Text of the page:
4 Scopus citations


SIR-In Dr. Adams’s recent article on the history of the Journal [1], the activity of microbiologists at the turn of the century with regard to the safety of water supplies and the sanitary disposal of sewage was described. Dr. Adams states: “For developed nations of the world at least, progress in research and engineering during the late 19th and early 20th centuries has obviated these concerns as important matters for either the bacteriologist or the general public.” We feel that this statement does not reflect present concerns and activities regarding waterborne transmission of enteric viral diseases. While great strides were made at the turn of the century in understanding and controlling waterborne bacterial disease, technology has only recently become available to allow the detailed study of viruses in water. In addition, the increasing rate at which sewage is being reused-with continual reductions in the time for natural purification-has created new concerns that present water treatment methods may not be adequate for the control of waterborne disease. It should also be noted that it was not until the early 1940s that enteric viruses were systematically investigated in domestic sewage [2] and the subsequent realization of the possibility of water-transmitted viral disease became evident.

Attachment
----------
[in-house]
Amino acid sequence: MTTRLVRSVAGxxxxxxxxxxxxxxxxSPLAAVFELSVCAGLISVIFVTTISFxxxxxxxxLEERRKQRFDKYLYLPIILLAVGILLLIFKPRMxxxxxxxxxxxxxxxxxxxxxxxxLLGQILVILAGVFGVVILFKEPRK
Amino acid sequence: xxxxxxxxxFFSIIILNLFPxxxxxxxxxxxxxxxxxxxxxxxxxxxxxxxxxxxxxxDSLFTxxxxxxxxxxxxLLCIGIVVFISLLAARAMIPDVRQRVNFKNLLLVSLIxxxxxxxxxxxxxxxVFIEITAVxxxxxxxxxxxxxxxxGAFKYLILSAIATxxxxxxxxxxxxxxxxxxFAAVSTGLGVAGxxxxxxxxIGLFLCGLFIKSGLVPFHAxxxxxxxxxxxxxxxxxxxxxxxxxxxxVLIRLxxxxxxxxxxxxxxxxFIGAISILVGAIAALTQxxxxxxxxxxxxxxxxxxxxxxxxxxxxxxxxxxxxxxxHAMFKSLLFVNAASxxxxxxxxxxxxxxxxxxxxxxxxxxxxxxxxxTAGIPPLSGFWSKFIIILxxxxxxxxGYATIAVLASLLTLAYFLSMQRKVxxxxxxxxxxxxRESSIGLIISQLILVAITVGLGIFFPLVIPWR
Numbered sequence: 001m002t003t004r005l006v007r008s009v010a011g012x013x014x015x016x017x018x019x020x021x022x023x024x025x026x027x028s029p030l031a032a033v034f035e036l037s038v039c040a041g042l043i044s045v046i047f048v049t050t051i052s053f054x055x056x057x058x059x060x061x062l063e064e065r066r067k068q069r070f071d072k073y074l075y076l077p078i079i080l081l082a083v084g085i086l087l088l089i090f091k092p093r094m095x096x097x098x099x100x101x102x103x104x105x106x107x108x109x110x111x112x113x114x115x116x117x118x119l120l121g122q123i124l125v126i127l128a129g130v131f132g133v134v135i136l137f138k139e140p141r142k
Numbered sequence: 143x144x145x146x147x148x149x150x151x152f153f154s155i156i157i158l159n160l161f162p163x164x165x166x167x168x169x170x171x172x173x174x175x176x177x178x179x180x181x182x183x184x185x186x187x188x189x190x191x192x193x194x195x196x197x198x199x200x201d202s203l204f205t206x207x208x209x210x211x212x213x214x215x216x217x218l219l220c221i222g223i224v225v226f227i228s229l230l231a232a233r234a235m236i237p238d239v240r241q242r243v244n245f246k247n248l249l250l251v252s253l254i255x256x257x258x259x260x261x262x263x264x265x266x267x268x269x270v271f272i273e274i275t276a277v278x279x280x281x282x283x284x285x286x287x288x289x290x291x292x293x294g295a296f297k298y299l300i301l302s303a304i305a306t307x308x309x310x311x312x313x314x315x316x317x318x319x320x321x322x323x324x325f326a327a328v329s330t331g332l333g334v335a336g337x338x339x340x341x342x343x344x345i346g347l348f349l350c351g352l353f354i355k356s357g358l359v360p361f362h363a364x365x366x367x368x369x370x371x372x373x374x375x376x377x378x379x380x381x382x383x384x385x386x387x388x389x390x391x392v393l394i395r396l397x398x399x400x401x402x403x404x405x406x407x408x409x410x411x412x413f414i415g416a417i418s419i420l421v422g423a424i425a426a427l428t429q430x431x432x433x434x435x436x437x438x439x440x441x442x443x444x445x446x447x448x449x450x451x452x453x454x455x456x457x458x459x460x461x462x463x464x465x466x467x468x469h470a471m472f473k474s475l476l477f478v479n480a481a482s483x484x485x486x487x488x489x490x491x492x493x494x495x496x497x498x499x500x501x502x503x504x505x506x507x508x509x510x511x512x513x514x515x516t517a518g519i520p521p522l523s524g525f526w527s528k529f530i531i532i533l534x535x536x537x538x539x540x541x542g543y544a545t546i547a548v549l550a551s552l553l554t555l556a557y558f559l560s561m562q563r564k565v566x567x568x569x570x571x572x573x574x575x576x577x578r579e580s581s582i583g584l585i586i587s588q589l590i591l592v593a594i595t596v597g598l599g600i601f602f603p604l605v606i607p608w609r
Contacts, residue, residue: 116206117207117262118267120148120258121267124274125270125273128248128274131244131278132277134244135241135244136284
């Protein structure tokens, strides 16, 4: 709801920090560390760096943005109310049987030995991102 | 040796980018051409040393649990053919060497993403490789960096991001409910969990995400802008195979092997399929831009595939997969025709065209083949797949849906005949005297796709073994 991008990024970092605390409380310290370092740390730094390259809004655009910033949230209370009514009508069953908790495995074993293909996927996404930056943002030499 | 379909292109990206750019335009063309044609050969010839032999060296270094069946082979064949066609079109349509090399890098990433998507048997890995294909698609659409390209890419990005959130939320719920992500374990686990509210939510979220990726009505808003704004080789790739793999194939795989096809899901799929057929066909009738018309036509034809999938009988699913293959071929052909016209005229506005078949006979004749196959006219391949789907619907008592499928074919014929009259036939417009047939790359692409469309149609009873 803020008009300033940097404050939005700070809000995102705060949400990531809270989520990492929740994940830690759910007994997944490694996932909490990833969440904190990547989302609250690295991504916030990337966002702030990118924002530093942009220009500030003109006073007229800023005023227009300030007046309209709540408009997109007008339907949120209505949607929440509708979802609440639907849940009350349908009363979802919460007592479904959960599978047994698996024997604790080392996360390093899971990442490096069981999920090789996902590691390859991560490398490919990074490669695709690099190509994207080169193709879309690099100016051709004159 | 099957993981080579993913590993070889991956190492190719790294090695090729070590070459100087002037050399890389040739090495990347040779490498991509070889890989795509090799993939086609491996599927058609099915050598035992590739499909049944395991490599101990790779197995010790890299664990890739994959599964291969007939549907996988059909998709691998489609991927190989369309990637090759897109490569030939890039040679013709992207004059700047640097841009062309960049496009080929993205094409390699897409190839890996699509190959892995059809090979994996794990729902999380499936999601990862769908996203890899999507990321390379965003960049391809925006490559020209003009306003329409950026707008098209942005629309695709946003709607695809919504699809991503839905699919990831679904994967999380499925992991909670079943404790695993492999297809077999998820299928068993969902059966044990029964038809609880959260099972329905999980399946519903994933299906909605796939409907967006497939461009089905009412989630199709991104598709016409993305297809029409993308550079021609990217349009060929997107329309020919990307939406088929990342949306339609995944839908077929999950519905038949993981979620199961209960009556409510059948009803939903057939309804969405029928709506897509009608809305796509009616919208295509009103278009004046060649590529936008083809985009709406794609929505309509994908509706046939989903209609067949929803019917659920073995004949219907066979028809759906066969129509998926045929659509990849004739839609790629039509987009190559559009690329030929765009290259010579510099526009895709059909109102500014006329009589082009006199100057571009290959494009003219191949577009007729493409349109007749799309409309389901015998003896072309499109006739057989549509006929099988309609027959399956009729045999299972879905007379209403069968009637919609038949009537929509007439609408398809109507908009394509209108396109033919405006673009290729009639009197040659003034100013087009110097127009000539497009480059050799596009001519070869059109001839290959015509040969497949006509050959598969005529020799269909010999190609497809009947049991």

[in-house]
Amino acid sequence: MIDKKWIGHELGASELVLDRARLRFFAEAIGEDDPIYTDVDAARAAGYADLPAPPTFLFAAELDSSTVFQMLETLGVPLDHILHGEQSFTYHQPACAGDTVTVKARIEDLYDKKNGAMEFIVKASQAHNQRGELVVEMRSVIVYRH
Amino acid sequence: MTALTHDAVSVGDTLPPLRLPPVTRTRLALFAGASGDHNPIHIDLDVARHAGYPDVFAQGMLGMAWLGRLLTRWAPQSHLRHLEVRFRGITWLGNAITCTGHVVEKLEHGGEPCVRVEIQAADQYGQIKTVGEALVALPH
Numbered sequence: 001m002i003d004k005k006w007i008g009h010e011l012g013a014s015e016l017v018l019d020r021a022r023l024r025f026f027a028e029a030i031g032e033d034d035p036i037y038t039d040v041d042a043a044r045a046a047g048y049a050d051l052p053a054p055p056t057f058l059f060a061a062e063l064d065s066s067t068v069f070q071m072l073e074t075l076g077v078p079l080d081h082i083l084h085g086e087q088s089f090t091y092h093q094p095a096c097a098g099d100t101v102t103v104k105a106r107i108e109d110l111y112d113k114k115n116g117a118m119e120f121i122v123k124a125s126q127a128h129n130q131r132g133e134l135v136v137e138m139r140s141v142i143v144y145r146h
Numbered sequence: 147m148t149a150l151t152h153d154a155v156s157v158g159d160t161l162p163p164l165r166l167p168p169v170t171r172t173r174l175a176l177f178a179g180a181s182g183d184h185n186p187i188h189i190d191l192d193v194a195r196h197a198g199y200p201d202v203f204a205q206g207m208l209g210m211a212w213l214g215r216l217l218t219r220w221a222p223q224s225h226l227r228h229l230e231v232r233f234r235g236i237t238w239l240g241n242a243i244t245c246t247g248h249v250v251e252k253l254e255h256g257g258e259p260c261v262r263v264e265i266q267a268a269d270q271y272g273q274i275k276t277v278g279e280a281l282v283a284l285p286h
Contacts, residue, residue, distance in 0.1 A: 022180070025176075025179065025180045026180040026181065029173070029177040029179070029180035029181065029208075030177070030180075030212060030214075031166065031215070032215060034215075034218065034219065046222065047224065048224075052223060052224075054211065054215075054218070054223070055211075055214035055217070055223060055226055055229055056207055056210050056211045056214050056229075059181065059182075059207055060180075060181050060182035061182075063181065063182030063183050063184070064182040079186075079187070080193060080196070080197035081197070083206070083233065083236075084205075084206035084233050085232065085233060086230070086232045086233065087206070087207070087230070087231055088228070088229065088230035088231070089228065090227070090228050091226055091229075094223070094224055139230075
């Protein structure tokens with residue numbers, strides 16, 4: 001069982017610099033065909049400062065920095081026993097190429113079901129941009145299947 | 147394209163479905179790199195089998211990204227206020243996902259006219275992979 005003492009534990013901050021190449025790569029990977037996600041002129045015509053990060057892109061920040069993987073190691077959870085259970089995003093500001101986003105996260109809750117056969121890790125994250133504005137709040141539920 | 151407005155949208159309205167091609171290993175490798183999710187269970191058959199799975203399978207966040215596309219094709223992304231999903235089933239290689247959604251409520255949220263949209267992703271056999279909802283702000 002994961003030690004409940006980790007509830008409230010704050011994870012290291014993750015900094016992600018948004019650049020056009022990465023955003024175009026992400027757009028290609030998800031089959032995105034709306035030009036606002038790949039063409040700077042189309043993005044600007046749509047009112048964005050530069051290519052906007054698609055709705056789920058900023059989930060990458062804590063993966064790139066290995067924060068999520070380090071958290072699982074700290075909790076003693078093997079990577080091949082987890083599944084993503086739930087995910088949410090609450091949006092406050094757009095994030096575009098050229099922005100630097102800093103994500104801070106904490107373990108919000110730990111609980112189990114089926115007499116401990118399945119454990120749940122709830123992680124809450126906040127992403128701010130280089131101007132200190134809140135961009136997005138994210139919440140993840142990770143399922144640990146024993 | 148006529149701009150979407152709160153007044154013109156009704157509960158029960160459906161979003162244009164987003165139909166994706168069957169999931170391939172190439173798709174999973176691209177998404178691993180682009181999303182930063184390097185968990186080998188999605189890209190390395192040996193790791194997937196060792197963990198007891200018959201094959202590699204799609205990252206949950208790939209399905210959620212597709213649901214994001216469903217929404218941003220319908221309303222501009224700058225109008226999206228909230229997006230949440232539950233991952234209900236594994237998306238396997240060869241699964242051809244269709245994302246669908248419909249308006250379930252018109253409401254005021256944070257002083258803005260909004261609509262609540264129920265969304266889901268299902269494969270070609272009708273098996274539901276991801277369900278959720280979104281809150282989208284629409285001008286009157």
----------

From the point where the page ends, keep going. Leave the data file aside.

Original languageEnglish (US)
Pages (from-to)736-737
Number of pages2
JournalJournal of Infectious Diseases
Issue number6
StatePublished - Jun 1979

ASJC Scopus subject areas

  • Immunology and Allergy
  • Infectious Diseases


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